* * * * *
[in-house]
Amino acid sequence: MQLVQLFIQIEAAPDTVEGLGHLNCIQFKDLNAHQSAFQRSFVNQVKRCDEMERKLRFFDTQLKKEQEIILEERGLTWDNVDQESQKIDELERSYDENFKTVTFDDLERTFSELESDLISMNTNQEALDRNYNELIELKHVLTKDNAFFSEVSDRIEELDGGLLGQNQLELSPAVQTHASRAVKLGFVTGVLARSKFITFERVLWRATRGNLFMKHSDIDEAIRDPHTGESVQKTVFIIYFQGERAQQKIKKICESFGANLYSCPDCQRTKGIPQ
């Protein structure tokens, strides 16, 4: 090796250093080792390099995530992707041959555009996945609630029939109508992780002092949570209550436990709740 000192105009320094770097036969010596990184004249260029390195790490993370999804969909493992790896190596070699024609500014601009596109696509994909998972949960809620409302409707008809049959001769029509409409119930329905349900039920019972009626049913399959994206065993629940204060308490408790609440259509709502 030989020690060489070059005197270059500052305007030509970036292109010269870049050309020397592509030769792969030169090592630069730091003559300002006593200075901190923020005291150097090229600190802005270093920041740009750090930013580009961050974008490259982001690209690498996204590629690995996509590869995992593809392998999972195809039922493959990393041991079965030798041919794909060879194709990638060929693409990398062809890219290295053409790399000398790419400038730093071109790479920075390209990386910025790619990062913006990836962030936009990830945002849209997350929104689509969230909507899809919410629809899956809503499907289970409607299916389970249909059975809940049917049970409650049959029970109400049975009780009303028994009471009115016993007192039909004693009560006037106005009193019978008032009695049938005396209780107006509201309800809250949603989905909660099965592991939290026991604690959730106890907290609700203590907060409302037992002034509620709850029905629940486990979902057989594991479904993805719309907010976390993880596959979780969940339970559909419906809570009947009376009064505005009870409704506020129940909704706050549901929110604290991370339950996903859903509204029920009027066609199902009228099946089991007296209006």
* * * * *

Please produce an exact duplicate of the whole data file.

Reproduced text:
[in-house]
Amino acid sequence: MQLVQLFIQIEAAPDTVEGLGHLNCIQFKDLNAHQSAFQRSFVNQVKRCDEMERKLRFFDTQLKKEQEIILEERGLTWDNVDQESQKIDELERSYDENFKTVTFDDLERTFSELESDLISMNTNQEALDRNYNELIELKHVLTKDNAFFSEVSDRIEELDGGLLGQNQLELSPAVQTHASRAVKLGFVTGVLARSKFITFERVLWRATRGNLFMKHSDIDEAIRDPHTGESVQKTVFIIYFQGERAQQKIKKICESFGANLYSCPDCQRTKGIPQ
């Protein structure tokens, strides 16, 4: 090796250093080792390099995530992707041959555009996945609630029939109508992780002092949570209550436990709740 000192105009320094770097036969010596990184004249260029390195790490993370999804969909493992790896190596070699024609500014601009596109696509994909998972949960809620409302409707008809049959001769029509409409119930329905349900039920019972009626049913399959994206065993629940204060308490408790609440259509709502 030989020690060489070059005197270059500052305007030509970036292109010269870049050309020397592509030769792969030169090592630069730091003559300002006593200075901190923020005291150097090229600190802005270093920041740009750090930013580009961050974008490259982001690209690498996204590629690995996509590869995992593809392998999972195809039922493959990393041991079965030798041919794909060879194709990638060929693409990398062809890219290295053409790399000398790419400038730093071109790479920075390209990386910025790619990062913006990836962030936009990830945002849209997350929104689509969230909507899809919410629809899956809503499907289970409607299916389970249909059975809940049917049970409650049959029970109400049975009780009303028994009471009115016993007192039909004693009560006037106005009193019978008032009695049938005396209780107006509201309800809250949603989905909660099965592991939290026991604690959730106890907290609700203590907060409302037992002034509620709850029905629940486990979902057989594991479904993805719309907010976390993880596959979780969940339970559909419906809570009947009376009064505005009870409704506020129940909704706050549901929110604290991370339950996903859903509204029920009027066609199902009228099946089991007296209006």